Book Review: Jackie Chan’s rule to live by? “Never Grow Up”

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Like most early but not “earliest” adapters — I found Jackie Chan’s action comedies at the insistence of friends into Asian cinema.

A top tier stunt man, martial artist and Keaton-esque clown, it took a while, a few tries and then some, for him to break out in the West. But once he did, Asia’s biggest action star became the world’s darling, an impish dynamo who wore his working class roots with pride, and never palmed off a stunt on others he wasn’t gutsy enough to do himself.

The outtakes at the end of every Jackie Chan movie showed just how often those stunts could go wrong.

He lists the major injuries he’s suffered to every part of his body in “Never Grow Up,” his second autobiography (the first was “My Life in Action.). From his back to his neck, cheekbones to teeth and all points in between, Jackie Chan has broken, wrenched, concussed and dislocated them all.

The new book is an “as told to” autobiography, built around his decades of anecdotes, the mealtime/drinks-after-work conversations he has with his large entourage and overheard by his longtime publicist, Zhu Mo.

So “Never Grow Up” isn’t a researched and verified biography, but more a “How I remembered it/What I learned in life” recounting of his upbringing, his harsh martial arts schooling, rough and tumble crawl to stardom and how he used and misused that stardom over the decades.

The former Chan Kong-Sang is 65 now, sanguine about his shortcomings and forthcoming in ways aimed at a “Learn from my mistakes, kids” narrative.

I’ve interviewed him several times over the years, and always found him to be a star seeking to come off humble, but prone to bragging (with cause), relentlessly cheerful but not shy about the hard life and hard falls he took to get where he is.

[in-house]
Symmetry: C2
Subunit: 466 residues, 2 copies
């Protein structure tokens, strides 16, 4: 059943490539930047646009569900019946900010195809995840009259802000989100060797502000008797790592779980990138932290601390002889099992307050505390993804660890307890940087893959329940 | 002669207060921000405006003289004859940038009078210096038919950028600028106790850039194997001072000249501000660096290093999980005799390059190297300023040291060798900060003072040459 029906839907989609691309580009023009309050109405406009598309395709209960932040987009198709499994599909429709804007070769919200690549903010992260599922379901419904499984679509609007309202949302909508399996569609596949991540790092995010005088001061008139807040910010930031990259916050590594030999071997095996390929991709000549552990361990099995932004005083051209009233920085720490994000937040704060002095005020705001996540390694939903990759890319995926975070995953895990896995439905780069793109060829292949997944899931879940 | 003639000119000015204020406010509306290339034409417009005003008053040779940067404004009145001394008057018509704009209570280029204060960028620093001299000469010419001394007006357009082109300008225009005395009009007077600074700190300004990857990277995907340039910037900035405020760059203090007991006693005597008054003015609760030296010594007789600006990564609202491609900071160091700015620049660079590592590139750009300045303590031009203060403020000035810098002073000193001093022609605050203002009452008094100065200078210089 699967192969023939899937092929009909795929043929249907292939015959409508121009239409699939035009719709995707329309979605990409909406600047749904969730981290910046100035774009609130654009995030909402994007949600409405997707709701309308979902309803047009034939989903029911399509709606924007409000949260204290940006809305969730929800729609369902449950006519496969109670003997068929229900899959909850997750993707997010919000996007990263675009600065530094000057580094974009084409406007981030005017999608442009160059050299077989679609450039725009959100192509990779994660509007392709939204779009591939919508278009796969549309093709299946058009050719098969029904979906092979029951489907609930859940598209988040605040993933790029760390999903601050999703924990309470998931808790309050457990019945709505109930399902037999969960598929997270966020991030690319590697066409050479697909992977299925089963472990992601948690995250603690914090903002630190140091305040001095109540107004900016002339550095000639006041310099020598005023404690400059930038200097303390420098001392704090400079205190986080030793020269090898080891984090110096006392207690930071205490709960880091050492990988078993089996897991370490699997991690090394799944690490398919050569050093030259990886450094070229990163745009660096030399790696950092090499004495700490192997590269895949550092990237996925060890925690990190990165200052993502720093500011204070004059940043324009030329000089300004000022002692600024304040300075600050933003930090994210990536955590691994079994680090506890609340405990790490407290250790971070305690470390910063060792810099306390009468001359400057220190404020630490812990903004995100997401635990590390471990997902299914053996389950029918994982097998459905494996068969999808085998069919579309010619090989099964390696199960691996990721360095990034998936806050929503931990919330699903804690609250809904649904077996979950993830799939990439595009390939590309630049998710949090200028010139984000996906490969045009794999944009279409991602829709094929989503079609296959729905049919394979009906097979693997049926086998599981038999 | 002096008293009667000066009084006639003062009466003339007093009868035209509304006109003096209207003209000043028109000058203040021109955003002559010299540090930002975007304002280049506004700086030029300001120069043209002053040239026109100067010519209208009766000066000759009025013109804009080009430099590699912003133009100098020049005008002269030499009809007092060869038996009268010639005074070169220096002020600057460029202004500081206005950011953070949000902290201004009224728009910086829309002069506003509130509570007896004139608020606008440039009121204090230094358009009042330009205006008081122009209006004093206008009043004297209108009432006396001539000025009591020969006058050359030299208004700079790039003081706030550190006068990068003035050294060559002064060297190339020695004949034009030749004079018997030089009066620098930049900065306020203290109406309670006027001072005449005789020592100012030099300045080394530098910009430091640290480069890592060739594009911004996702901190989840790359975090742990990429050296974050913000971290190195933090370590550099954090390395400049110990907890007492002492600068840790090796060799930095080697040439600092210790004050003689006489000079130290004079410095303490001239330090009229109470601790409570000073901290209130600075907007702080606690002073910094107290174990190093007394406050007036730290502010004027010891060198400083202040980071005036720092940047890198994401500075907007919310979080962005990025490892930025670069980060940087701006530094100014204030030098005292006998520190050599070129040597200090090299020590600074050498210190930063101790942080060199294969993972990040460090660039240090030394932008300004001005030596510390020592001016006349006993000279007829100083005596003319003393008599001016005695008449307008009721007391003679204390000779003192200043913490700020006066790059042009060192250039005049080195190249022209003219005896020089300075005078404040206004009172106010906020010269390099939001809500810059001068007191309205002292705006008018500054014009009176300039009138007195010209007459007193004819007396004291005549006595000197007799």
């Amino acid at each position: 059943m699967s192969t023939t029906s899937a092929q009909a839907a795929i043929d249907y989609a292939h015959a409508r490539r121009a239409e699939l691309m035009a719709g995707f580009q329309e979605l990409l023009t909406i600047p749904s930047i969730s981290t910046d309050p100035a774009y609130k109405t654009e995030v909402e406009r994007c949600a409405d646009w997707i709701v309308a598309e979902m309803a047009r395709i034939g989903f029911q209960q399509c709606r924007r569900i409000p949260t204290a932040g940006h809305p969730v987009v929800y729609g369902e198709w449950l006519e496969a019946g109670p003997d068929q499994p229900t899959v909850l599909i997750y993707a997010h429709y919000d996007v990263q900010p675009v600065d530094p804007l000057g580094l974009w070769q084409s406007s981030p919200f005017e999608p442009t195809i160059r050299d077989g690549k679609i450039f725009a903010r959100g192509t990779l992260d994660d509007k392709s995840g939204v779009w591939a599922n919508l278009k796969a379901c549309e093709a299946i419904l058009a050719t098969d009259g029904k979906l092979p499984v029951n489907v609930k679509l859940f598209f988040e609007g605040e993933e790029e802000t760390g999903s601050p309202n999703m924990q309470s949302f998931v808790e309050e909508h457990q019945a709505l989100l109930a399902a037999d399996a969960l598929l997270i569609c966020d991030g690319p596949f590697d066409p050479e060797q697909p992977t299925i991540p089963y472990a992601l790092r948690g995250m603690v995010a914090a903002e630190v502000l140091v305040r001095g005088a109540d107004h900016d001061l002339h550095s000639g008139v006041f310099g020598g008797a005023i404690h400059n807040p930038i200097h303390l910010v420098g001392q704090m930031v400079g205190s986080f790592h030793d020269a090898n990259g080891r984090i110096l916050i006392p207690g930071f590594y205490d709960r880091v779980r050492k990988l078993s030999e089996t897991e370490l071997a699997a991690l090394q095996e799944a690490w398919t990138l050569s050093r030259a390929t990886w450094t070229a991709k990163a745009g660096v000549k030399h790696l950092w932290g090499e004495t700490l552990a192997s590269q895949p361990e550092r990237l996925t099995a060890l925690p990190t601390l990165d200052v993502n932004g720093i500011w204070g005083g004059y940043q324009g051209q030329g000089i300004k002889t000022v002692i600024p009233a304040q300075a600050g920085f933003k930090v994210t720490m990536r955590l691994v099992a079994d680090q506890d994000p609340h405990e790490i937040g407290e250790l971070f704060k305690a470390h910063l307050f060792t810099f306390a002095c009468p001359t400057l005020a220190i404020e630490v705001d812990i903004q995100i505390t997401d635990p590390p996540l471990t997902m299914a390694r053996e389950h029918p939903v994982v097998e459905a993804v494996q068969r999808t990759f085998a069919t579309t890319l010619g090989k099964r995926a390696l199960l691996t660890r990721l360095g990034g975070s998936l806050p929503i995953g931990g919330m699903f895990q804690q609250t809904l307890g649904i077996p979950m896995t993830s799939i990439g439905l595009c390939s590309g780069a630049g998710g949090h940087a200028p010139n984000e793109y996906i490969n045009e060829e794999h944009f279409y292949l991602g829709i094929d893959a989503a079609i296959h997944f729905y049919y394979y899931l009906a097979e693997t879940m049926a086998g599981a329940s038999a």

Not bitter, but still a guy with a bit of a chip on his shoulder, which he freely admits in this new autobiography.

“Never Grow Up” has him questioning, again, his lack of enthusiasm for elementary school, which landed him in a martial arts/acting-tumbling China Drama Academy for ten years.

He was functionally illiterate for much of his life, and even now says he freezes up at autograph sessions in China (tougher write than English).

He was scared to death at many of the stunts he and his team cooked up for him, and once he had control of his screen projects, would put off dangerous falls and the like for days and days, working up the nerve.

He’s always loved gambling and drink, and wasn’t always the nicest guy to date, and owns up to it all freely, though one suspects he’s protesting a bit too much here.

He mistrusted his Taiwanese movie starlet wife, the mother of his son. But he was the one caught cheating.

He spent money freely, and confesses to being petty and greedy and acquisitive in the extreme for much of his life — holding grudges against shops that wouldn’t serve him when he was poor, lavishing presents on friends, family and colleagues, building schools in China with his charity foundation.

There’s a bit of star worship in reverse here and there — Stallone confessing “Whenever we run out of (action beat) ideas, we watch one of your movies,” reciting, at length, his honorary Oscar presentation (Tom Hanks honored him that afternoon).

He doesn’t name names much — avoids insulting those who treated him badly in his early years, when Hong Kong was hellbent on making this smiling joker “The New Bruce Lee.” He skims past his biggest global hits, so no fun or digging Chris Tucker or Owen Wilson anecdotes.
He befriended Stallone, visited Cameron and Spielberg on the sets of their blockbusters, but continued to do his work with lesser lights, cashing the checks as he did.

There are blurbs on the back of “Never Grow Up” with those directors and producers, and those co-stars singing his praises.

That’s where Zhu Mo’s book of “listening” to Jackie Chan shows us how it falls short. Too much of a tough life is handled with kid gloves, there’s too little about working out the stunts, etc., taking a shot at working with very young John Woo EARLY on (some of it covered in “My Life in Action”).

There are too few confirming or contradictory voices laying out the “real” Jackie Chan — insecure, driven, brave and canny (Chinese filmmakers always have to worry about how their words will play back home, and with the overlords in charge).

At least he doesn’t trot out his weariest anecdotes — the one about how he was supposed to be filming, hanging off the side of the World Trade Center as a window washer on 9/11, etc.

“Never Grow Up” (Simon & Schuster, $26) is thus a pretty good book, but more a stepping stone for a better book which somebody not quite in awe of their subject will be the one to write.

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